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spidergrub6

Spooling Out The Twist And Shout

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It seems like every time I try to spool new line on my spinning rod the line always seems to get twisted up and wraps around my rodtip and guides. This results in what I call the twist and shout when your trying to cast light finesse baits and your line does everything but what you want. I'm just wondering if there is a certain line spooling technique to combat this. I've tried holding the filler spool in all different positions (spool vertical, spool horizontal, winding in same direction, in opposite direction). It seems like if I'm winding it on with the filler spool positioned one way it will work for a while and then after 20 or 30 yards start twisting again. So then I flip the spool over and that helps for a while but it messes up again. Any tips for a frustrated angler? It certainly doesn't seem like it should be this complicated.

Thanks is advance.

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@ spidergrub6

Must not neccessarely be your mistake , sometimes it happens !

In Europe we've most likely been using spinning reels exclusively , casting gear came to fashion just recently , so I had that this happen to me a few times before as well .

It depends on how the bulk spool was filled or it can just be a matter of the line quality , ..........many years ago I've read on one spool pack not to wind from a turning filler spool , but just put it flat on the floor and wind down over it's rim without having it spin too much , .......that's what I am still doing today with monofilament .

But you have to find out on the first few yards , which side of the filler spool should be pointing upward .

It might be the line you use having too much memory , a too stiffish quality , ........maybe try using softer stuff for once .

Could also be the reels fault , ..........do your issues happen instantly after filling the spool of your spinning reel and first fishing or after a certain time of use during a few sessions ?

In the first case the mistake would be in the monofilament or the way of winding it on ,....... in the second case it could be the reel's fault putting twist into your line or not corresponding well with that particular kind of mono .

Or do you frequently fish inline spinners or devons without anti-twist vanes ? This might lead to the same results !

good luck , diemai :yay:

Edited by diemai

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Actually you have the right technique. With the filler spool vertical, retrieve the line until it starts to twist then flip it over, retrieve more line until it starts to twist, flip the spool again. Continue until your reel is full.

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I can jump on the band wagon and say that line twist on a spinning reel will drive a man nuts!! The best way that I have found to spool my spinning reels are to put the line through the last line guide (closest to reel) only, then have someone hold the spool, if you don't have a line station, very close to the line guide. I will make sure the line is coming off the filler spool the same direction that it is going onto my reel. The main key is to make sure you have line tension on the new line going on. If it has slack, it will cause excessive twist. This has worked for me.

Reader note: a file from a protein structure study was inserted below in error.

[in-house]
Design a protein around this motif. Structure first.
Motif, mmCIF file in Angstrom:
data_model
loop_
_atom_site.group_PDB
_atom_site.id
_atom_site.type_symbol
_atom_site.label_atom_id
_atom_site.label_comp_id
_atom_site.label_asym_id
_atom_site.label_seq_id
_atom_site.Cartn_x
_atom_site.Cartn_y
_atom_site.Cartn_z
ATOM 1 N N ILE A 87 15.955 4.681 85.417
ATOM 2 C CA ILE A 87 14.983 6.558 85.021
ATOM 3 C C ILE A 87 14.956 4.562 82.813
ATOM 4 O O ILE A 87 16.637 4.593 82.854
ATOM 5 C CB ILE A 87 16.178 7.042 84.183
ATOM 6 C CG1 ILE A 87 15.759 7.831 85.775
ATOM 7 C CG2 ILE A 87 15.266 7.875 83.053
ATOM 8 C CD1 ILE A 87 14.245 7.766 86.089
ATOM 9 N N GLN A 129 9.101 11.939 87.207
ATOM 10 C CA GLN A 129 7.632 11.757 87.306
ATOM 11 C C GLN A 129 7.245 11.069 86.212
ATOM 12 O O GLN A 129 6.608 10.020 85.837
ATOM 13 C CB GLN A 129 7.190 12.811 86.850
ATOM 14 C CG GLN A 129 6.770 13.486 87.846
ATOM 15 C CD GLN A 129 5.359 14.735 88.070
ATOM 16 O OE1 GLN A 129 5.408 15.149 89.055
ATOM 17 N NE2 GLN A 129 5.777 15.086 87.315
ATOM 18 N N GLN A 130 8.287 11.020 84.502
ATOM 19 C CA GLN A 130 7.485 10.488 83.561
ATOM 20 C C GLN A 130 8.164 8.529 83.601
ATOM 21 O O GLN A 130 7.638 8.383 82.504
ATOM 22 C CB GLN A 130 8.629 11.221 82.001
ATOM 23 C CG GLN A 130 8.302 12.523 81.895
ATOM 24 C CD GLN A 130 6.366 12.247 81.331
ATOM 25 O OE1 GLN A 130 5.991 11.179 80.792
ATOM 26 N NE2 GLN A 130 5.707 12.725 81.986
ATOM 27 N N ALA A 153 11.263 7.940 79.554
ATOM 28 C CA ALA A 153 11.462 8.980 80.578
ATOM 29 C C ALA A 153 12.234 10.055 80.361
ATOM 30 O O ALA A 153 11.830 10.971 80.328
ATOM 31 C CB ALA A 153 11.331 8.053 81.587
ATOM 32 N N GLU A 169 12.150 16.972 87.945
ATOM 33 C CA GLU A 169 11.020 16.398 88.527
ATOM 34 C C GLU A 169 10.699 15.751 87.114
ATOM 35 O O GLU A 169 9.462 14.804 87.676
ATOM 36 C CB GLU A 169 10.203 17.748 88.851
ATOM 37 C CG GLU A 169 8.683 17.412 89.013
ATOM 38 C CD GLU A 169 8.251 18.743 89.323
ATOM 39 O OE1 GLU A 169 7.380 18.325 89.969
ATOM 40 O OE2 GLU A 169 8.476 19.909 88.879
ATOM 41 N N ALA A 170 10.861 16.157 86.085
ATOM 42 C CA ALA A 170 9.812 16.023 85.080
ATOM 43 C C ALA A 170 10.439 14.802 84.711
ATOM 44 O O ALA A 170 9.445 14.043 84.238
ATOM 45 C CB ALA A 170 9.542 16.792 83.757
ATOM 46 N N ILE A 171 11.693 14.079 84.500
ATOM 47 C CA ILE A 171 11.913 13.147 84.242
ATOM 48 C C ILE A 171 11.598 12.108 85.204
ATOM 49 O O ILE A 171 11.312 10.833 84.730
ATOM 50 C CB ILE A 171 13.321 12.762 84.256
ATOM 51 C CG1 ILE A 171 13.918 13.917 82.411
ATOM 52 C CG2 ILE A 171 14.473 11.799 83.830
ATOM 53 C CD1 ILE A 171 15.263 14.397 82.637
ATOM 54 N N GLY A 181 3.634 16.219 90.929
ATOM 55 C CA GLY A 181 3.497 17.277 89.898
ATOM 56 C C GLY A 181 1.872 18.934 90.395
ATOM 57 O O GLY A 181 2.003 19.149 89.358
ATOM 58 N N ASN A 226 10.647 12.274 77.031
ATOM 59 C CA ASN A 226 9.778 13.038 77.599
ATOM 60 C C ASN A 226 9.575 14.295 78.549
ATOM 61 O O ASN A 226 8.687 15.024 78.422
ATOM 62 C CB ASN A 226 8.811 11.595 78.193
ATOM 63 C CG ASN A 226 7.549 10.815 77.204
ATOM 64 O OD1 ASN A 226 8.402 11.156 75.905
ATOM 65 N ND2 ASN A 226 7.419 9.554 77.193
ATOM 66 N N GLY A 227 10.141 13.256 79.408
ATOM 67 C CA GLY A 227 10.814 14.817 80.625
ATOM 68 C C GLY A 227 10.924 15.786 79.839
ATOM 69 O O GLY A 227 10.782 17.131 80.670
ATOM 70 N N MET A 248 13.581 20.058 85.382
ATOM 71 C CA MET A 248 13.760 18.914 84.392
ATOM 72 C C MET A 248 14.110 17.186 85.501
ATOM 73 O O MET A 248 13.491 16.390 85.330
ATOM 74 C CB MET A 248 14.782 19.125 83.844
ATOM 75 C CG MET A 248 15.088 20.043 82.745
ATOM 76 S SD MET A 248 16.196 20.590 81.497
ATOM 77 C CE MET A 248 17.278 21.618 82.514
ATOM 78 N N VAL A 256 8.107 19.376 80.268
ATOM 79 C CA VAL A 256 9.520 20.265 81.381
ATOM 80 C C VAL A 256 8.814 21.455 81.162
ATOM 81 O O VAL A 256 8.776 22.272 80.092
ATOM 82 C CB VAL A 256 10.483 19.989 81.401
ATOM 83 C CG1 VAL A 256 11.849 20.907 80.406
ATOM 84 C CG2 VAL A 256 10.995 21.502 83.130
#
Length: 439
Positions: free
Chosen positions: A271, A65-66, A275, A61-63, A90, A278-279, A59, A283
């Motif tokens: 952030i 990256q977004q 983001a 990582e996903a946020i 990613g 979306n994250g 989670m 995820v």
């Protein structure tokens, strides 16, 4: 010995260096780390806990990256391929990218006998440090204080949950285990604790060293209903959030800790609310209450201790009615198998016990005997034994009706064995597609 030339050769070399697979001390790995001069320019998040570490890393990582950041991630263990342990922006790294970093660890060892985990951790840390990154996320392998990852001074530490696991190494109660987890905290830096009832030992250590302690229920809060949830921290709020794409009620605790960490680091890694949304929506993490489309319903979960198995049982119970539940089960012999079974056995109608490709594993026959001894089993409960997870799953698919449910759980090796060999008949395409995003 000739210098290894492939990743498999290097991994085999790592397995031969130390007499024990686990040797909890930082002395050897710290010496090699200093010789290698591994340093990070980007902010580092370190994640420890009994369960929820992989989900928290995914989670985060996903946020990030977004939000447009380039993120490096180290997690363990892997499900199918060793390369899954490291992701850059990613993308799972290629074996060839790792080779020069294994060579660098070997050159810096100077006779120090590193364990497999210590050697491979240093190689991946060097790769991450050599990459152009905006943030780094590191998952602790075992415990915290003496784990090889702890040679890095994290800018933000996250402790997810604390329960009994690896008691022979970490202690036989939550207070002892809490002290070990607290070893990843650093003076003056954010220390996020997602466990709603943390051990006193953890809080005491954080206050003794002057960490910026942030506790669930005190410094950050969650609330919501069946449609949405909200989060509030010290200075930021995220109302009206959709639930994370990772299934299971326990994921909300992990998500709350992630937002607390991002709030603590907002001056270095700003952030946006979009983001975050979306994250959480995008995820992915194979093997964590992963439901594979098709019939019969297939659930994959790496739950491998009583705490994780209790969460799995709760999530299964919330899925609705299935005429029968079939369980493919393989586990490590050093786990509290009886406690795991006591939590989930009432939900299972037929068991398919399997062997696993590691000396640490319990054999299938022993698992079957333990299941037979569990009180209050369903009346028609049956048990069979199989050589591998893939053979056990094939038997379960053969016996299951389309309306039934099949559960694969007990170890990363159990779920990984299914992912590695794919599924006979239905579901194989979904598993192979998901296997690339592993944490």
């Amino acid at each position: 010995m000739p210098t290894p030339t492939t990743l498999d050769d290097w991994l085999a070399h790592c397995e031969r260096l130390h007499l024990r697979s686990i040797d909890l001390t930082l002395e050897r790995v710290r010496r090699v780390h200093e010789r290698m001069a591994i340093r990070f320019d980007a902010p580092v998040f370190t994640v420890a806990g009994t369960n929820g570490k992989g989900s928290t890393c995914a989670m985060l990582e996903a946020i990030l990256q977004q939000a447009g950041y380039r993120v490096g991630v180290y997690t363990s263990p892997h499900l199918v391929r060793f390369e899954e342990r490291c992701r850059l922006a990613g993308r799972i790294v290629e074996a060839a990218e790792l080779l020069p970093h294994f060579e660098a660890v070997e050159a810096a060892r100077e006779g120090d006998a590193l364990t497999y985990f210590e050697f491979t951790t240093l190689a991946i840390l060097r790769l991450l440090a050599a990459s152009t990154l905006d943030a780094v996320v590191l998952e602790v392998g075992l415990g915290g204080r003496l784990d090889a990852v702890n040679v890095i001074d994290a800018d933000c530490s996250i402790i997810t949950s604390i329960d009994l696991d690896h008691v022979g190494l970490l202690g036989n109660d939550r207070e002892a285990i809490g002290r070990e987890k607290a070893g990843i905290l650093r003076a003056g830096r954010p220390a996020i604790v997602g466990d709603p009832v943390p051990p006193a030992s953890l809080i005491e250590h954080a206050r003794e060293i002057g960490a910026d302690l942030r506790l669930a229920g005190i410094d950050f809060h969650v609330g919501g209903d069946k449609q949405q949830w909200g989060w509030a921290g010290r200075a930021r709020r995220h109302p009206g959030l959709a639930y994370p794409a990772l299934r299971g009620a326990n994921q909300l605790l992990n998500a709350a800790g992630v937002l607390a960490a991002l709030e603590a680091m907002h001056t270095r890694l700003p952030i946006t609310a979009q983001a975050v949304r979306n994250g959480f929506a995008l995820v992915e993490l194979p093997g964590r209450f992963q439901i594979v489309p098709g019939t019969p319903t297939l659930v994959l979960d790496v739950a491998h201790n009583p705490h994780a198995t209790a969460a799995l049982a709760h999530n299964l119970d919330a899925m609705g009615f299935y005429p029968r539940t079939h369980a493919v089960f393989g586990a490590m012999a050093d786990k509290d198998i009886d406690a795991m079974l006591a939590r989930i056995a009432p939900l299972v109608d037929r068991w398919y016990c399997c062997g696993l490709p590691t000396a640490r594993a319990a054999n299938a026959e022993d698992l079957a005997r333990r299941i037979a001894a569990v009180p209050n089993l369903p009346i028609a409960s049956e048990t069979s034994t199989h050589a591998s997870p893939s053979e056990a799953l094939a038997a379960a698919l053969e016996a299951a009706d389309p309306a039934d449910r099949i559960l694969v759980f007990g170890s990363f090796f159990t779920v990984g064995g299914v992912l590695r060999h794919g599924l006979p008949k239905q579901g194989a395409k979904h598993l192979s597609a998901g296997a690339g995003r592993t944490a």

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Thanks guys, I really appreciate the replies.

I've spooled up a couple of different reels since I posted this and experimented a bit with the technique. To clarify, diemai, the twist problem was happening while I was reeling the new line on the spool. The line would get really twisted and wrap around the tip of my rod several times while trying to fill up the spool. Diemai, I like you idea about not spinning the filler spool and just winding it off the top but some of the spools I use have a little notch cut into them that catches on the line while it's coming off. When I wound some on last night I had line coming off in the same direction that it was going on the reel. The line went through all the rod guides and it worked just fine. But then again, I have tried this before and had bad results so I think it might have something to do with how the manufacturer winds the line.

I also like the idea of just passing the line through the bottom guide, I'll have to try that.

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@ spidergrub6

If these notches in the filler spool are disturbing too much , you might try and cover them real snug with some thin tape , probably the line would just jump over without catching anything anymore ?